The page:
How to Cope With and Overcome Loneliness

February heralds the month of love for those who are dating or committed. For many, this spells sweet Valentine’s Day surprises, heart-shaped candies, oodles of affection, and togetherness. However, the deluge of ecstatic couples is also a painful reminder of an unfulfilled love life for singles.

A recent study revealed that 82% of Americans preferred to spend Valentine’s Day with someone. It is therefore no surprise that many singles feel a heightened sense of loneliness on that day. If this is you, it is best to ascertain whether you are indeed lonely, or just succumbing to the hype surrounding Valentine’s. If it turns out you feel unloved and isolated, don’t fret, as there are steps you can take to fill the void. Here’s how to do this.

Signs That You Are Chronically Lonely

You may not always be aware that you’re lonely, as the signs may be subtle. However, according to Healthline, these are some of the symptoms of loneliness:

  • Listlessness or decreased energy levels
  • A lack of appetite
  • A compromised immune system, resulting in consistent illnesses
  • Insomnia and sleeping disorders
  • A need to binge-watch movies
  • Substance abuse
  • An overwhelming need for ‘retail therapy.’
  • An increased need for all things cozy, like warm beverages or blankets

The Detrimental Effects of Loneliness

According to The Hindu, Dr. Venkatesh Babu, a psychiatrist at Fortis Hospital in Bengaluru says loneliness can be a cause and consequence of mental health issues. He said that people “tend to engage in different kinds of behavior, due to loneliness. Some may over indulge in social platforms, others may use substances.” He added that others could succumb to risky behavior like speeding. On a more positive note, he noted that, “loneliness may result in lifestyle modifications such as joining fitness classes, and seeking outdoor adventure.”

Research conducted by the National Institutes of Health (NIH) also reported that loneliness could result in hypertension, obesity, a weakened immune system, death, cognitive decline, Alzheimer’s, depression, and anxiety.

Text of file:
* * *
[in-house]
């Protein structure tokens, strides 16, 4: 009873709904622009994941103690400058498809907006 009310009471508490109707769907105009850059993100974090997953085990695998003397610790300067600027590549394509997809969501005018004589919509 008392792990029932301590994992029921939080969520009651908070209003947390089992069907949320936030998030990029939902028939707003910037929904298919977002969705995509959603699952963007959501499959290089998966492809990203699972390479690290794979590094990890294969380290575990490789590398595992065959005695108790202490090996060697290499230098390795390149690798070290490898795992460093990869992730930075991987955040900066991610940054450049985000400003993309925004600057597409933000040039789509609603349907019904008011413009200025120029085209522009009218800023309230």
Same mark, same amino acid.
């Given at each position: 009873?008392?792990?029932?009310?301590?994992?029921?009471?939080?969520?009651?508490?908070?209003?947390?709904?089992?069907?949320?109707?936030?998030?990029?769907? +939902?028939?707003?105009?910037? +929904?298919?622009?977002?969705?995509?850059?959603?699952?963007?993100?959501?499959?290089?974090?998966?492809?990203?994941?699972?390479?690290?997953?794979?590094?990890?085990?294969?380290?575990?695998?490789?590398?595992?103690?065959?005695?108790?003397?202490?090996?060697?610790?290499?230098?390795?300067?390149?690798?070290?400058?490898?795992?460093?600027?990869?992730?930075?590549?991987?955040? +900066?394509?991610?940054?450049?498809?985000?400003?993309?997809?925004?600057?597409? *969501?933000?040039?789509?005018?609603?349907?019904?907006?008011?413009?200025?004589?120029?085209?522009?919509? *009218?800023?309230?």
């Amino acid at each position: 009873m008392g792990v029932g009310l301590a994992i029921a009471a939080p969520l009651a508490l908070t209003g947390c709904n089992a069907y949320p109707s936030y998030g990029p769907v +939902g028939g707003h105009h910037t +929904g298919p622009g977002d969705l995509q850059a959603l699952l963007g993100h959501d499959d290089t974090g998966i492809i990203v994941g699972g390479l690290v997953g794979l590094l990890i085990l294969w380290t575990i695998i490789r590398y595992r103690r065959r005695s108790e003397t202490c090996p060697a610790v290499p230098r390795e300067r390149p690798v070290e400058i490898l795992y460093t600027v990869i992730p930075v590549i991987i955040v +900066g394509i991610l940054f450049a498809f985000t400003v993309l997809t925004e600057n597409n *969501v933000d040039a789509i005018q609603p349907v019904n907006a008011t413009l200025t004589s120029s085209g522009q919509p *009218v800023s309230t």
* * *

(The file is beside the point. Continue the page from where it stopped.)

Overcoming Loneliness

These coping mechanisms could help combat loneliness.

Connecting with Your Higher Power

Connecting with your higher power has always helped people re-align with their life’s purpose. Doing so can also divert your mind from your situation. Religious groups also feel less lonely when doing so. For instance, many Christians attest that spending time in God’s presence gives them the re-assurance that they are not alone, and that God is just a prayer away.

Agape Love, Self-Kindness and Self-Care

Practicing agape love; a charitable, unconditional, and selfless love which Hindu’s call karuna, can also divert your attention from loneliness. So reach out with an act of kindness toward others to feel better.

Also practice kindness toward yourself. Be sure to avoid discouraging self-talk. Remember that the last thing you should be doing is beating yourself up about why you are single. Note that everyone’s life journey is unique, so you should not compare yourself to others.

You should also practice self-care and take time out for yourself. Take a walk in nature. It’s almost impossible to feel alone when in nature, as everything is connected and holds the blueprint of a common maker.

Or indulge in some pampering by booking a spa day for yourself and a friend. Loneliness promotes illness, so do eat healthy meals, and engage in an exercise form that you enjoy to boost your immunity.

Reaching Out In Person, Safely

Try to connect more in real life, as opposed to connecting on social media via messaging or video call. Reason being is that the lack of physical connection can make you feel even lonelier. If you must connect online, try connecting where you engage with others like an online chat or game.

Remember face-to-face interaction with people helps boosts your mood, so do engage in sports and fun activities, via Covid-19 compliance of course. Also, the maxim goes that one should not talk to strangers, but just saying “hello” to someone can make you feel more connected.

While these suggestions may not replace having a significant other, they can surely help divert your attention from being single. Also, helping others and practicing self-kindness will make you feel better.